Perspectives, Part 3: Balance and Boundaries

At the end of my last article I shared that my third and final post in this Perspectives series would be on Balance and Boundaries. I stated that the post would be published “next week.” That was nearly two months ago. Quite frankly, I have struggled with this post. Why? Because I personally wrestle with maintaining balance and boundaries.

As a professional in the nonprofit world, I often deal with situations that challenge my ability to maintain equilibrium in my professional life and the space necessary to avoid situations that could be detrimental to my success. Here are just a few examples:

Taking “No” Personally – Fundraisers hear the word “no” a lot. Sometimes it’s because we are soliciting an individual or institution that has not been effectively cultivated. Sometimes it’s because a donor’s personal or business situation has changed. Sometimes it’s because of a misunderstanding that has caused frustration or disillusionment on the part of our donor. In any event, it is easy to take that word personally. I can recall numerous situations where I returned to my office feeling utterly defeated after my ask was turned down by a donor or prospect. I felt like it was a rejection of me, personally, and I felt that I had let my organization down. It became easy to start second guessing myself.

I learned along the way that a “no” to my ask was not about me, and my pity-party did nothing to improve my understanding of the situation, or my potential opportunities with donors. Instead of feeling dejected, I learned to thank donors for their honesty, and to ask them to share the reason for their decision. In doing so, I learned much more about our donors, what motivated them, what conditions might be affecting their ability to give, and what I could do to better prepare them – and myself – in the future. If it was clear that someone would not be a candidate for a future ask, I graciously let them go. In the process. I had to learn that the “Ask” is not about me, and it’s not about closing the deal to meet organizational goals. It’s about connecting the right people to the organization’s mission in the right way, at the right time.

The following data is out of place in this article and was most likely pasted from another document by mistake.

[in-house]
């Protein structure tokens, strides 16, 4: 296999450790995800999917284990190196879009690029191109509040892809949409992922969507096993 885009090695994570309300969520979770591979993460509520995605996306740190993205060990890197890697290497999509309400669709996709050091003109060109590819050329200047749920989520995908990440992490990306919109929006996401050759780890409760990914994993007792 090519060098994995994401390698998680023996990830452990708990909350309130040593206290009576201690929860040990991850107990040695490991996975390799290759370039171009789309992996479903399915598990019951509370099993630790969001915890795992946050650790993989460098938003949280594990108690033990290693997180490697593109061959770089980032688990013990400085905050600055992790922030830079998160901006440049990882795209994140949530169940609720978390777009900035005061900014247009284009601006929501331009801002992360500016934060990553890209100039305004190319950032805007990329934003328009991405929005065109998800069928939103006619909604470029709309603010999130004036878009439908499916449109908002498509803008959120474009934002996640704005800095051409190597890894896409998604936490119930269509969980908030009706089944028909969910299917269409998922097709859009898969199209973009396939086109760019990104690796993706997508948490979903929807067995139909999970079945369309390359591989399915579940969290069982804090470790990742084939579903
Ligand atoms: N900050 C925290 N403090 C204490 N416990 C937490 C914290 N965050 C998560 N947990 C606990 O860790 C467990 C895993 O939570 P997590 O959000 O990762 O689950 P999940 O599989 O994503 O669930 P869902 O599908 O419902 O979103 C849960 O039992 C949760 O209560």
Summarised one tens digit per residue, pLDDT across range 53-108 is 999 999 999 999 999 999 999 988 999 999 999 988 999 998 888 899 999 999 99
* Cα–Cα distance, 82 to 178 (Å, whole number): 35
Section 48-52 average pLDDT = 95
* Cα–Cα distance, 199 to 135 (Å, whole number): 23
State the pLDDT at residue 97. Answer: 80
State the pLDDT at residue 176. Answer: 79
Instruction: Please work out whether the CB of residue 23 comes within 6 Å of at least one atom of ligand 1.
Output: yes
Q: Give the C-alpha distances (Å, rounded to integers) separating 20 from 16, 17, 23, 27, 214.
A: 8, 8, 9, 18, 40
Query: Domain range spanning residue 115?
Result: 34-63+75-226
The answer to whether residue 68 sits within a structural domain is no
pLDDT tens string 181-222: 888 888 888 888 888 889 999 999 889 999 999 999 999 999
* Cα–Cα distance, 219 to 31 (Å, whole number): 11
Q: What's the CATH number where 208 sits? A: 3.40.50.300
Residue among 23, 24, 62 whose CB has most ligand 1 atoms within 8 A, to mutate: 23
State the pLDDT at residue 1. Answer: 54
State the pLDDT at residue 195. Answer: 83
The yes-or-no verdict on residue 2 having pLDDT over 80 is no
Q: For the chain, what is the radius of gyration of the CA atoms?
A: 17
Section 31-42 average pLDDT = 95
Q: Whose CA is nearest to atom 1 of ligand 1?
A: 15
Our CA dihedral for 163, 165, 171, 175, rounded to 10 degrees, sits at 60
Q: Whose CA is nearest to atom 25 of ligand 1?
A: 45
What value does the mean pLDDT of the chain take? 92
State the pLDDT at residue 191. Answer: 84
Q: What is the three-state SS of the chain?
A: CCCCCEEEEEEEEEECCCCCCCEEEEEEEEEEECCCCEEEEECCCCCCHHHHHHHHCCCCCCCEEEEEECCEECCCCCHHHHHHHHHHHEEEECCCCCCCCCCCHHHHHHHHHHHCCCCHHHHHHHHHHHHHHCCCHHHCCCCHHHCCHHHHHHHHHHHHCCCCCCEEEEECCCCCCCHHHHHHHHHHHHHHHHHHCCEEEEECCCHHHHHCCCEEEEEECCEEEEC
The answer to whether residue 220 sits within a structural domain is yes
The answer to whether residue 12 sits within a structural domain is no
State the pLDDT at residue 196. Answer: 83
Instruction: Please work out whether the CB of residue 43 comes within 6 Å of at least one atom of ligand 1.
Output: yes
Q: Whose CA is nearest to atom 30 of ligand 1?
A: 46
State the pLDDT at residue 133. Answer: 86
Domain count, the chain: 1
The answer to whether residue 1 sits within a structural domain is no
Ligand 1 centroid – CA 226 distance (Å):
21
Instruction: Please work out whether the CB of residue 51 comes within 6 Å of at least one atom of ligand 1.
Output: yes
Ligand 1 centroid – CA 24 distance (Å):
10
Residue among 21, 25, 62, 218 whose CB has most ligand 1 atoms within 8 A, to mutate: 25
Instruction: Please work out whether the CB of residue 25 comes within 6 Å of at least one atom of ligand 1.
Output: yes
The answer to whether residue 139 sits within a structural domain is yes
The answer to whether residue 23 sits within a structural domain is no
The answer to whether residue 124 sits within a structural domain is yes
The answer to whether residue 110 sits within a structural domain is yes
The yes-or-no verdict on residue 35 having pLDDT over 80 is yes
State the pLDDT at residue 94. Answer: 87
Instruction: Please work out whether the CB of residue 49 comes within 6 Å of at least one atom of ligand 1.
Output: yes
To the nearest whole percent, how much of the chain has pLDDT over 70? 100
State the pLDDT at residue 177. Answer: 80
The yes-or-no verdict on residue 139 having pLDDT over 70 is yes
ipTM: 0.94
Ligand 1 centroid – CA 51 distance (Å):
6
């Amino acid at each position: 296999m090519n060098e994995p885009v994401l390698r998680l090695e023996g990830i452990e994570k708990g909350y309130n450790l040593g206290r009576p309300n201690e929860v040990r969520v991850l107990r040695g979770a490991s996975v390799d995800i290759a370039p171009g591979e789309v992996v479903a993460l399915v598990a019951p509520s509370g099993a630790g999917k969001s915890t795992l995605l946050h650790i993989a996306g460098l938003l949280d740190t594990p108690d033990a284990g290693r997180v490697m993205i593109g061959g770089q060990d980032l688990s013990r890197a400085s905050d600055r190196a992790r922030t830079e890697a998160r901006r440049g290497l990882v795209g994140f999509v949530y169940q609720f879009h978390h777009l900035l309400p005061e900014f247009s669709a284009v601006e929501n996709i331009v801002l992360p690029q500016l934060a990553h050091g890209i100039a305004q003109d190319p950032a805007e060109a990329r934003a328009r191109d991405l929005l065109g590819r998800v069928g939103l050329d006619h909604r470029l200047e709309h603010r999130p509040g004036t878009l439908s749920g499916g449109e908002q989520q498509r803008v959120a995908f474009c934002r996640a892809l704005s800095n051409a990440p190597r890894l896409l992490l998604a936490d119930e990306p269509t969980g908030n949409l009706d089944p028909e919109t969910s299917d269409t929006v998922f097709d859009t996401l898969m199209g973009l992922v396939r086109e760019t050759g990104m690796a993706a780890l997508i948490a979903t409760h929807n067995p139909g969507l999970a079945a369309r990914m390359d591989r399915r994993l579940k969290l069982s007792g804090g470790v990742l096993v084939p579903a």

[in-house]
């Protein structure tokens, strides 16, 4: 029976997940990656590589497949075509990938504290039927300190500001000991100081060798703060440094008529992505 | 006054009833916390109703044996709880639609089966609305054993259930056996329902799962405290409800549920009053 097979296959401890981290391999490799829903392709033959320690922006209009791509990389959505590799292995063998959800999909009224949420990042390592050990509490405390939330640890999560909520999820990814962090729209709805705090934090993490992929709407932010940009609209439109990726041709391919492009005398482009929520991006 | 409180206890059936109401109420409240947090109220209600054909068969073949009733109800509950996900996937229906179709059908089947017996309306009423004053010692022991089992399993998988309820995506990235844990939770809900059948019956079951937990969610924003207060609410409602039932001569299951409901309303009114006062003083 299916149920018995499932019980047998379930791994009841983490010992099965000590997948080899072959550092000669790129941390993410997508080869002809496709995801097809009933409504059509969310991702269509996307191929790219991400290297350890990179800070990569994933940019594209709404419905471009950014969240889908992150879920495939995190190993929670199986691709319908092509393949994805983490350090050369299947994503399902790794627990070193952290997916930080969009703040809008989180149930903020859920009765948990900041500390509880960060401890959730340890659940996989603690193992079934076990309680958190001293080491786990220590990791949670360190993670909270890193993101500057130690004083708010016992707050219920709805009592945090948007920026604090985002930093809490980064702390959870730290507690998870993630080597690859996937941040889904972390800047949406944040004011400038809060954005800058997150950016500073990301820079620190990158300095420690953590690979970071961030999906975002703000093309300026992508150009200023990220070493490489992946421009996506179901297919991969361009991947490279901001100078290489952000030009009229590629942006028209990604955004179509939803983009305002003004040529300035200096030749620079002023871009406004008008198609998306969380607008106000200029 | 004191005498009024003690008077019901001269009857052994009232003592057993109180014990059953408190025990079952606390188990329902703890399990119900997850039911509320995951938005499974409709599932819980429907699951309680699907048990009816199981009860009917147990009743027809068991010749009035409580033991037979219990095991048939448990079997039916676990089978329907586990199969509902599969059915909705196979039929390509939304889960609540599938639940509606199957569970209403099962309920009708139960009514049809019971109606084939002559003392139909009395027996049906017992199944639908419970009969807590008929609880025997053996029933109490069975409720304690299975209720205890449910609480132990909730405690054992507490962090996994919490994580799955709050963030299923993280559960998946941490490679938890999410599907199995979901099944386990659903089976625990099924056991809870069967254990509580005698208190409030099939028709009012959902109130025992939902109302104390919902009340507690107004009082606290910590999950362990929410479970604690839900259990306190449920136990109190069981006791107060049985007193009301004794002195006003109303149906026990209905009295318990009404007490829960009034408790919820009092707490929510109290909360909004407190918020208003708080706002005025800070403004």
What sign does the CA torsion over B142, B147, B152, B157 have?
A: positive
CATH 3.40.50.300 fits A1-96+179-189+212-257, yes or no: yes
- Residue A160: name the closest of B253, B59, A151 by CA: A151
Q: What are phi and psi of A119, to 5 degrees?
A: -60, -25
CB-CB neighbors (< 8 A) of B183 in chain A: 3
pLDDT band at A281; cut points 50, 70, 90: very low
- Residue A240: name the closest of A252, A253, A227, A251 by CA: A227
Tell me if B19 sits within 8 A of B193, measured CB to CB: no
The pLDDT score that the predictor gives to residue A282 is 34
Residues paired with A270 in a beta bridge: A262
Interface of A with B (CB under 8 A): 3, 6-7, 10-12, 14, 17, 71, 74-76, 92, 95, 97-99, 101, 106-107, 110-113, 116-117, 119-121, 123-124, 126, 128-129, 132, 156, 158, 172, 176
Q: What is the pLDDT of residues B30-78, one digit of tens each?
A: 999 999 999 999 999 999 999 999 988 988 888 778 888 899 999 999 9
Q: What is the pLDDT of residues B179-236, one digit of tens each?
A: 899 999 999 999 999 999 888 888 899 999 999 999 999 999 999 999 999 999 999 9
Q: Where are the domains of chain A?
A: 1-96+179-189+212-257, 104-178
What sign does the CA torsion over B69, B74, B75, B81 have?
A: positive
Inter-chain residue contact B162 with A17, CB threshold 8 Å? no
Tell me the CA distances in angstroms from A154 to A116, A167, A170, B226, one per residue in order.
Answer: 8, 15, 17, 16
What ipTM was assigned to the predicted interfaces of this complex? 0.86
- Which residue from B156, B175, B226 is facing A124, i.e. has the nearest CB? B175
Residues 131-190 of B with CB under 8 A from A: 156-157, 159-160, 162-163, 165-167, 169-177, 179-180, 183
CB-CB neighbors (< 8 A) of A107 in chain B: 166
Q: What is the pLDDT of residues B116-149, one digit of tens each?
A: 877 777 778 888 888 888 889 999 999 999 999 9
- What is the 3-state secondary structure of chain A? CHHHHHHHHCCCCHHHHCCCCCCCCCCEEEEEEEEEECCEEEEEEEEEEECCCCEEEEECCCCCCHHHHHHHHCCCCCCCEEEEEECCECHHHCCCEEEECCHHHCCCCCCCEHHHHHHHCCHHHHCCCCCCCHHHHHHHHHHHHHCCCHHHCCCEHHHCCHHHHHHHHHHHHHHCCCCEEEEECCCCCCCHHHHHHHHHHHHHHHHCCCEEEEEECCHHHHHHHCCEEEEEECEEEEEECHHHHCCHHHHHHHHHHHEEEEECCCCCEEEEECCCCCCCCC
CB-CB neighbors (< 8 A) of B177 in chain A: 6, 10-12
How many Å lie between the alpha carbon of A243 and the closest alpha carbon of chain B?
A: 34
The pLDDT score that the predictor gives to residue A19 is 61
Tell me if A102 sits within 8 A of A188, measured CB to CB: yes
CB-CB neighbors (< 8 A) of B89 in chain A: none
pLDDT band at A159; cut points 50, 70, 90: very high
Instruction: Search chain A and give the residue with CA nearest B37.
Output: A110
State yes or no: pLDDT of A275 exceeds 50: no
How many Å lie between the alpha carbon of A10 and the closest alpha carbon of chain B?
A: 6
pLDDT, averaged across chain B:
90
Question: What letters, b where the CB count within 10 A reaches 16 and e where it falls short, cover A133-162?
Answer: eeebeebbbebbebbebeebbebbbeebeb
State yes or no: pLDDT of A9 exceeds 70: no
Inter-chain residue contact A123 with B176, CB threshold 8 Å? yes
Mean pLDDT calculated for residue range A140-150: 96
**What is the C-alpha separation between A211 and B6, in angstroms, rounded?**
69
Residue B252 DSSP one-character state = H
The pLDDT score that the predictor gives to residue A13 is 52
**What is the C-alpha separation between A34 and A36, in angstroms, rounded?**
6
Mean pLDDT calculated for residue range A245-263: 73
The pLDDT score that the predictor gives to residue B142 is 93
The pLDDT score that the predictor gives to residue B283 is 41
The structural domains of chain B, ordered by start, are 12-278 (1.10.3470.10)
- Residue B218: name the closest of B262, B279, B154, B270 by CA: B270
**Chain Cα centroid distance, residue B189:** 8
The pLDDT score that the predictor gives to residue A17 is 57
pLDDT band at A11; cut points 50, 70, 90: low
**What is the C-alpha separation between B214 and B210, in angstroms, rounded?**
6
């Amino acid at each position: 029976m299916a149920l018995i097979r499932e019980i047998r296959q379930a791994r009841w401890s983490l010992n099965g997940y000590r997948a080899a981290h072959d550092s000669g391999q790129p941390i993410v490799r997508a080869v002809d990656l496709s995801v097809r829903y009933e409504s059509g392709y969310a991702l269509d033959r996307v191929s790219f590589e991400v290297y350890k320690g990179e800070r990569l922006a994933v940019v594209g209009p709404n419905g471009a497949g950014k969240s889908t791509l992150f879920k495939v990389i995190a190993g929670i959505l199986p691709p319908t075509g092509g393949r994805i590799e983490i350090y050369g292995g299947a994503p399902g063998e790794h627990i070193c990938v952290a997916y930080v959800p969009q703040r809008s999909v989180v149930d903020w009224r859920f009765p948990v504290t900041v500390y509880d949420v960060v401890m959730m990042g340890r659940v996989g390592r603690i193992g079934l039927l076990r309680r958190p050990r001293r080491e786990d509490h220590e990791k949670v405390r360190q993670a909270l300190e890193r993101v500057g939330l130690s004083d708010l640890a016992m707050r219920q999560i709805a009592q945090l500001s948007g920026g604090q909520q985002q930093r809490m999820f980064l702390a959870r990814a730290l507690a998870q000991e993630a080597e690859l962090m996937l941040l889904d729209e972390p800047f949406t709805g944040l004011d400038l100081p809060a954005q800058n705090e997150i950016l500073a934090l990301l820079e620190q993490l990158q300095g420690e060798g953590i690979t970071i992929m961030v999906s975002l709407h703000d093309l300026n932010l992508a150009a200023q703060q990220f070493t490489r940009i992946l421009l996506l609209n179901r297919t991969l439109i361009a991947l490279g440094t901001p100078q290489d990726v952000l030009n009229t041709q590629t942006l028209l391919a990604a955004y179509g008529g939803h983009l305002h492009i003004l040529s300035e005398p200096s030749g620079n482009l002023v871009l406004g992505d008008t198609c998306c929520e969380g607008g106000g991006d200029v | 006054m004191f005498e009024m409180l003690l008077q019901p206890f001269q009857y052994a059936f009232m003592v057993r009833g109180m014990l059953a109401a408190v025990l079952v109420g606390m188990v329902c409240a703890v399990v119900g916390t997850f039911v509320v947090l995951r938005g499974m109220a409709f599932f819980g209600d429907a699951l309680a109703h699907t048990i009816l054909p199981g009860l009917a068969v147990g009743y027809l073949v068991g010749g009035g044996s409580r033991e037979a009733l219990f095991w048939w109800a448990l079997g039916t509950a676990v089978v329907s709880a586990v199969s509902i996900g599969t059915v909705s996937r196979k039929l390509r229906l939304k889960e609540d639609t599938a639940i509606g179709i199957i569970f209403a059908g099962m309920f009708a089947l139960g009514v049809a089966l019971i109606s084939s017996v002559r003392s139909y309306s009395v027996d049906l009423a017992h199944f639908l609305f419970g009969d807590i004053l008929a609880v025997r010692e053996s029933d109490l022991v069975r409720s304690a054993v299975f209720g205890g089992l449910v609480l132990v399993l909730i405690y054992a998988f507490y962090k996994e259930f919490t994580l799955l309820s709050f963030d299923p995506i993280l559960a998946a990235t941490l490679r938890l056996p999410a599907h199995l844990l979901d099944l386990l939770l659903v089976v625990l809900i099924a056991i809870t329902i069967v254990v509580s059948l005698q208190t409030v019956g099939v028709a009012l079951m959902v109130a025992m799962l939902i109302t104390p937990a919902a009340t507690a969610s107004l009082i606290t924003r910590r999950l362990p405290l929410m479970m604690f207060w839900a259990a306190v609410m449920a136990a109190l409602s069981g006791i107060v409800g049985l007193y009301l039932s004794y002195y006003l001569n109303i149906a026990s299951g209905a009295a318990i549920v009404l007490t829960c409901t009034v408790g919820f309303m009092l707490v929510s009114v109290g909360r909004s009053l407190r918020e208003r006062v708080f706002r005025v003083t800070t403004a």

Getting Too Involved – Nonprofit work is about dedication to mission. For most of us, it is far more than a job. We often join an organization because the mission touches an area of our personal life. That passion serves us well, but it can also put us in a place where the lines between our job and our personal lives get blurred. That situation becomes even more critical if you are, by nature, a workaholic. The advantage to a high level of passion is that we stop thinking of our nonprofit work as our vocation. The danger is that we stop thinking of our nonprofit work as our vocation. It’s a difficult balance, isn’t it? To be effective, we have to love what we do; but if we are not cautious about our level of involvement we can easily over-commit, and potentially upset other areas of our life and relationships.

I discovered two keys that worked for me: First, I made myself accountable to someone I trusted to tell me if I was getting “too involved” in my work and neglecting other relationships. In my case it’s my wife. I have occasionally made myself accountable to a co-worker or boss as well, depending on those relationships, to let me know if I appeared too emotionally connected to my work. Second, I set aside time to take care of me, and scheduled that on my calendar. That “me” time includes such things as exercise, relaxation, spiritual refreshing, and hobbies. That may sound like a lot of “me” time, but it really doesn’t take up that much time, and I’m often surprised by how much better – how much more balanced – I feel, and how much more effectively I work.

If I Don’t Do It, It Won’t Get Done – Do you ever find yourself thinking that you are the only one who can get all of the work done? If you work in a small nonprofit office, that may actually be true. Nonetheless, you can’t do it all. Nobody can. Because the work is never really finished. There will always be more to do, and if you don’t let some of it go you will burn out. If I am honest with myself, most of the times when I have held on too tightly it has been because of pride: “No one will do as good a job with it as I will.”

Well, I’m calling hooey on that way of thinking (yes, I just used “hooey” in a sentence). In many settings it is possible to delegate to other staff, and often they are better at some tasks than you are. In fact, you will serve yourself and your organization well if you hire people who are better at things than you are and release them to do what they do well. Even if you work in a small, one person shop, you can enlist the help of volunteers to take on some tasks. You should also evaluate the things you are spending time on to determine if some things can and should be let go, perhaps put on the back burner until you have the bandwidth to take on more effectively.

There’s certainly more that I could share on this topic, but suffice it to say that balance and boundaries are necessary for maintaining health – in your nonprofit mission and in your life.

And those are my perspectives.

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